Why We’re Excited: It’s been three long years since Rihanna released her double-platinum eighth album, Anti-, but she’s hardly been out of the spotlight. In fact, quite the opposite, having starred in a number of productions, including last year’s Ocean’s Eight and the final season of Bates Motel, and being named both Harvard’s “Humanitarian of the Year” and Barbados’ Ambassador at-Large. For her highly anticipated followup, Rihanna’s been rather mum, though she did confirm it’ll be a reggae album influenced by (and possibly involving) legendary dancehall producer Supa Dups, which jives with reports that over 500 records have been submitted by some of the biggest producers connected to the genre. Whats more, given her recent collaborations with Future, Pharrell, Calvin Harris, and Kendrick Lamar, the latter of which earned her another Grammy, her assists will likely be deep, with rumors hinting at a collaboration with Cardi B. Whatever the case, as her go-to vocal producer Kuk Harrell says, it’s going to be “incredible.” —Michael Roffman
Why We’re Excited: 2019 is going to be a big year for Madonna, who tipped things off with an impromptu New Year’s Eve appearance at Stonewall Inn, the iconic LGBTQ venue in Greenwich Village, New York. As she teased on Instagram, “2019………..????. Im going make you my best friend, my mother, my father, my son, my daughter, my sister, my brother, my lover, my ride or die, my co-pilot, my confidante, my muse, my spirit animal, my teacher, my stage, my audience, my high priestess. ????. My Queen, My Warrior, My Word, My Prayer ???????? that I. Send out to the world!” While that doesn’t say anything about her hotly anticipated followup to 2015’s Rebel Heart, we do know the album is coming, and that it should even be mixed by now, at least if we’re to take this November tease to heart. As for the sound, the Queen of Pop previewed a new song titled “Beautiful Game” at last year’s Met Gala and has stated how the album’s been infused with “Portuguese fado music.” Perhaps we’re due for some light musical history before the big drop? –Michael Roffman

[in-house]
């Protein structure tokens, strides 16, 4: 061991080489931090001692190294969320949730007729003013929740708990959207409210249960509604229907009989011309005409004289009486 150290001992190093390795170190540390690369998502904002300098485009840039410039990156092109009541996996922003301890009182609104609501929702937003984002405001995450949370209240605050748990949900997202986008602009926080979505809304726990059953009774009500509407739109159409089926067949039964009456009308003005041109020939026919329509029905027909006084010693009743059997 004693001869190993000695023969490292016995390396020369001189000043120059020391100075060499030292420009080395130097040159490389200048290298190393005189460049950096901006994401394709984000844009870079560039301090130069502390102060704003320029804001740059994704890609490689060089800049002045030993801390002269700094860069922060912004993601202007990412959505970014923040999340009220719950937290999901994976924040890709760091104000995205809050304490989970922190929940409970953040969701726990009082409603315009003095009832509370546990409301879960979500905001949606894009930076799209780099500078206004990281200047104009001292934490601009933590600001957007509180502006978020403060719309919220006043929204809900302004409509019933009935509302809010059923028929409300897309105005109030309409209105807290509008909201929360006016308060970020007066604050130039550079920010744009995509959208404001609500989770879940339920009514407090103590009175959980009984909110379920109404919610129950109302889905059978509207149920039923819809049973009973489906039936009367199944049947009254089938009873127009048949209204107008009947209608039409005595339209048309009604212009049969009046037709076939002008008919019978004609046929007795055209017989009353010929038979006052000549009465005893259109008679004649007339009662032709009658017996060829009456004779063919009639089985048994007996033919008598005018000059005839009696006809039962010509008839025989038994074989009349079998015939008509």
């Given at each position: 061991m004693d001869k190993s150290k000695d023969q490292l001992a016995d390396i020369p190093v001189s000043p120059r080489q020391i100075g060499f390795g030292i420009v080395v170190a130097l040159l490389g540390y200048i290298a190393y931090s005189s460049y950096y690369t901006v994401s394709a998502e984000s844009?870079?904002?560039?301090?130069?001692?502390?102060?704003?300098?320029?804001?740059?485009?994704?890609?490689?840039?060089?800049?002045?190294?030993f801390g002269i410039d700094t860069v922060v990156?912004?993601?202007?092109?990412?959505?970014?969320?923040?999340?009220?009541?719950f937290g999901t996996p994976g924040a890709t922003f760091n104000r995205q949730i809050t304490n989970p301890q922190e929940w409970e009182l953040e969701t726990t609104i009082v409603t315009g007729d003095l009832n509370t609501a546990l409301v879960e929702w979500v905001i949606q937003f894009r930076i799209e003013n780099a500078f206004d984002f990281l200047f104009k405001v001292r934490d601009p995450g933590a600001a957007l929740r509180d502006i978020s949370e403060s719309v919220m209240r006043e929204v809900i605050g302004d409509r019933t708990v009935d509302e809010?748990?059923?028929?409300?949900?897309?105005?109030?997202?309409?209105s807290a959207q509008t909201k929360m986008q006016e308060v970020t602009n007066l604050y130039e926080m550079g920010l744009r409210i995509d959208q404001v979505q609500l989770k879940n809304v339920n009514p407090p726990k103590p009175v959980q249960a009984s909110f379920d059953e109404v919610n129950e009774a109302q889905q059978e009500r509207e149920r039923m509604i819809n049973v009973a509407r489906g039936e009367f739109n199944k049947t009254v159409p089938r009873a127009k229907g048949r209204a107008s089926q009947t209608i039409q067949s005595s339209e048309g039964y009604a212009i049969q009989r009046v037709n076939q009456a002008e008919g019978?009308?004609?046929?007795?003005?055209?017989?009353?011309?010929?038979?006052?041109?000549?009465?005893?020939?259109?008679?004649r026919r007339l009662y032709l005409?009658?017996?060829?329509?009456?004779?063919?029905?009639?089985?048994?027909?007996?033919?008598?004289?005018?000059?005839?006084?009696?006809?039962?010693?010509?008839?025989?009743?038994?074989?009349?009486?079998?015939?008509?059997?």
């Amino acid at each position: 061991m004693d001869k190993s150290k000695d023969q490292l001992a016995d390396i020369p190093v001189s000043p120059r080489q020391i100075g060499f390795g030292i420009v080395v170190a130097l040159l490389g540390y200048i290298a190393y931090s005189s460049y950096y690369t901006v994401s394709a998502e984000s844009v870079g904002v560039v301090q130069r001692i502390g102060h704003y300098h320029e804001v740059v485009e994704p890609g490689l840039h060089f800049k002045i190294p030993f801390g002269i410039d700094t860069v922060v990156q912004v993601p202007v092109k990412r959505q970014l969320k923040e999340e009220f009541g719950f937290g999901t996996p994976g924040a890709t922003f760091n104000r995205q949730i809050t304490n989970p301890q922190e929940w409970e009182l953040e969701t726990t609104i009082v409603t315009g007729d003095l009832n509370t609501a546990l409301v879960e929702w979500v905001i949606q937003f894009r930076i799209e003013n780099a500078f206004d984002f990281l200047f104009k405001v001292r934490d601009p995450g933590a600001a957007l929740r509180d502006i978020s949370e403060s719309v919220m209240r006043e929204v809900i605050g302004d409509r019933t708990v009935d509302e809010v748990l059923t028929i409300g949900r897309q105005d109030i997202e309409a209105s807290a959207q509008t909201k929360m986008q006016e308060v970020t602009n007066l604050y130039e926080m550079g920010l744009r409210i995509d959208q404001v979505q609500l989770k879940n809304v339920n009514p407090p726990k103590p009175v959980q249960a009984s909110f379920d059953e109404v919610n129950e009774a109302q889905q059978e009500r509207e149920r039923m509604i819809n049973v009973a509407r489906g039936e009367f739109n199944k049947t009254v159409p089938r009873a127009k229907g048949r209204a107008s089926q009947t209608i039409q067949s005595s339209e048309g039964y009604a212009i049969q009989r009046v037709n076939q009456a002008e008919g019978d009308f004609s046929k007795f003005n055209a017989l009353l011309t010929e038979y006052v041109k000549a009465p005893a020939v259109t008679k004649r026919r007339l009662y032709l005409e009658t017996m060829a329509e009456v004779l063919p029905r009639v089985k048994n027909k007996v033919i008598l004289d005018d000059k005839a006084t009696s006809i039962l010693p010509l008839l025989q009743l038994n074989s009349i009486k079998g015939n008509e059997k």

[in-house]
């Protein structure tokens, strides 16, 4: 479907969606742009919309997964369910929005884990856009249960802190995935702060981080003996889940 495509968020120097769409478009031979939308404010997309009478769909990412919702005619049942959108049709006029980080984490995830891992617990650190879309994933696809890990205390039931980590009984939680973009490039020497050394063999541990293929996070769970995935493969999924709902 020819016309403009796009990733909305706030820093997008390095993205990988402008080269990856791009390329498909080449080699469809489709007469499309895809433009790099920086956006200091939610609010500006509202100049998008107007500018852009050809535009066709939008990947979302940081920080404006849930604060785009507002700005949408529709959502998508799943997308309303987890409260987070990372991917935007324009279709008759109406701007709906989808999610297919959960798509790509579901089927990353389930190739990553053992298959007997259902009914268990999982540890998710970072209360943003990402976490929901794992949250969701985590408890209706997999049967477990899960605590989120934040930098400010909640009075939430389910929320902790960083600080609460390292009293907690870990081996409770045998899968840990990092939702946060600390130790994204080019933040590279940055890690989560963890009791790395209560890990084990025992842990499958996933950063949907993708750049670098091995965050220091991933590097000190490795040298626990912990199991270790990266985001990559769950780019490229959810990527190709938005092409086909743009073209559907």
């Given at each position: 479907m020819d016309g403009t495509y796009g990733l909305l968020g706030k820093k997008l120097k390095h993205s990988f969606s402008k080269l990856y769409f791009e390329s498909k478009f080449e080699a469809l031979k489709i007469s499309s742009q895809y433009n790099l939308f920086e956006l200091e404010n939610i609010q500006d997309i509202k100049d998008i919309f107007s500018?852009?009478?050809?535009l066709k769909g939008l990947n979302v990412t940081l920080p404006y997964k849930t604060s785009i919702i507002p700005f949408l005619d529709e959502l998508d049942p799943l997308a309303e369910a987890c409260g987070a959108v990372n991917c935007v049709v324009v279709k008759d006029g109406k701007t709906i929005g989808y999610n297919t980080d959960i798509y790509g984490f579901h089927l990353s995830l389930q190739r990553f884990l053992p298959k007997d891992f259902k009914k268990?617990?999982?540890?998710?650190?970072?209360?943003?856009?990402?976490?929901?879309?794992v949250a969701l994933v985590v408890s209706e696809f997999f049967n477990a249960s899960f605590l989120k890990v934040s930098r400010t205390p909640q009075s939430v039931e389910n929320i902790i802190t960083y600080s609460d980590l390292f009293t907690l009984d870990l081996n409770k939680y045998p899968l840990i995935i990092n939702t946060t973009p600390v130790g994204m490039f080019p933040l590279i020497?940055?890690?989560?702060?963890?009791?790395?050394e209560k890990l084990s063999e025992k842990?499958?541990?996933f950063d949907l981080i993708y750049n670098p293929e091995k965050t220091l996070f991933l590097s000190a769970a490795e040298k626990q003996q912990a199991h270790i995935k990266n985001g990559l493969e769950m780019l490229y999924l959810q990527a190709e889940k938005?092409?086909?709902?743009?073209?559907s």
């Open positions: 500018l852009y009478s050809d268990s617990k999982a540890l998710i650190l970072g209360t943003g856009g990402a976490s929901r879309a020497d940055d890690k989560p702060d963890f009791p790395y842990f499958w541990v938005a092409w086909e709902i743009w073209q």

Why We’re Excited: It’s not that we’re not used to seeing Mark Ronson’s name. It’s just that we’re used to seeing it farther down in the fine print of the credits. So it raises our well-kempt eyebrows to find Ronson, who has written and produced more hits than Cardi B has shoes to throw, opting to step into the spotlight for a change. We only have a lead single and a dynamic Saturday Night Live performance to lean on, but if Ronson’s full-length sounds anywhere near as good as his “Nothing Breaks Like a Heart” pairing with singer-muse Miley Cyrus, our achy breaky hearts will be well on the mend come release time. –Matt Melis
Sky Ferriera – Masochism
Why We’re Excited: In the time following the release of her outstanding 2013 debut Night Time, My Time, Sky Ferreira has been working slavishly over its aptly titled followup, Masochism. Once again, she’s been collaborating with producer Ariel Rechtshaid, in addition to executive producers Mike Dean and Rahki, with the theme of the album exploring how she’s moved from believing “if it doesn’t hurt then it’s not real” to being more confident in her self-value. While she’s teased of releases in the past — and there are enough stops and starts to this thing to warrant an incredible oral history — it appears as if we’re finally going to see it in 2019. In November, she ostensibly confirmed the news on her own Instagram account, writing, “????????????????????this winter???????????????????????????? it is official (!).” Mind you, Spring begins on March 20th, so we’ll see. –Michael Roffman